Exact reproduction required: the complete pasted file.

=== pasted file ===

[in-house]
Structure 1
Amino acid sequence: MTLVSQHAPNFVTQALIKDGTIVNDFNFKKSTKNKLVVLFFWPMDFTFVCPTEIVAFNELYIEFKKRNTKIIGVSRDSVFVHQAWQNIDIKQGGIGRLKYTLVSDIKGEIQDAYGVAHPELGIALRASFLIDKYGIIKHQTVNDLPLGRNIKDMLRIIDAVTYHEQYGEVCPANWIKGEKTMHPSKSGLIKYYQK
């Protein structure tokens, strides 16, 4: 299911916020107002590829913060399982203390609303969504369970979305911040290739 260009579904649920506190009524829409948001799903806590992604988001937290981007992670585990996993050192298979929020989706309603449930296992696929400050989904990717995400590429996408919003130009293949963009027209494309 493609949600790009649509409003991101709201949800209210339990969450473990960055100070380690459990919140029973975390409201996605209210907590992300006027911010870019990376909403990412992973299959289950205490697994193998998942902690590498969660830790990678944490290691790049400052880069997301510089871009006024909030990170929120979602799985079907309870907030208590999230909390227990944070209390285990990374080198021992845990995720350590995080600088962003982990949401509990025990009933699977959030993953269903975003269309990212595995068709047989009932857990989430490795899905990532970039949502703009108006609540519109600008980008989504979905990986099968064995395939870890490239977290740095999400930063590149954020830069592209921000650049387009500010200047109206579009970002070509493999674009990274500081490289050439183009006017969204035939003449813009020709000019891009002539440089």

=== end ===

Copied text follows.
[in-house]
Structure 1
Amino acid sequence: MTLVSQHAPNFVTQALIKDGTIVNDFNFKKSTKNKLVVLFFWPMDFTFVCPTEIVAFNELYIEFKKRNTKIIGVSRDSVFVHQAWQNIDIKQGGIGRLKYTLVSDIKGEIQDAYGVAHPELGIALRASFLIDKYGIIKHQTVNDLPLGRNIKDMLRIIDAVTYHEQYGEVCPANWIKGEKTMHPSKSGLIKYYQK
């Protein structure tokens, strides 16, 4: 299911916020107002590829913060399982203390609303969504369970979305911040290739 260009579904649920506190009524829409948001799903806590992604988001937290981007992670585990996993050192298979929020989706309603449930296992696929400050989904990717995400590429996408919003130009293949963009027209494309 493609949600790009649509409003991101709201949800209210339990969450473990960055100070380690459990919140029973975390409201996605209210907590992300006027911010870019990376909403990412992973299959289950205490697994193998998942902690590498969660830790990678944490290691790049400052880069997301510089871009006024909030990170929120979602799985079907309870907030208590999230909390227990944070209390285990990374080198021992845990995720350590995080600088962003982990949401509990025990009933699977959030993953269903975003269309990212595995068709047989009932857990989430490795899905990532970039949502703009108006609540519109600008980008989504979905990986099968064995395939870890490239977290740095999400930063590149954020830069592209921000650049387009500010200047109206579009970002070509493999674009990274500081490289050439183009006017969204035939003449813009020709000019891009002539440089």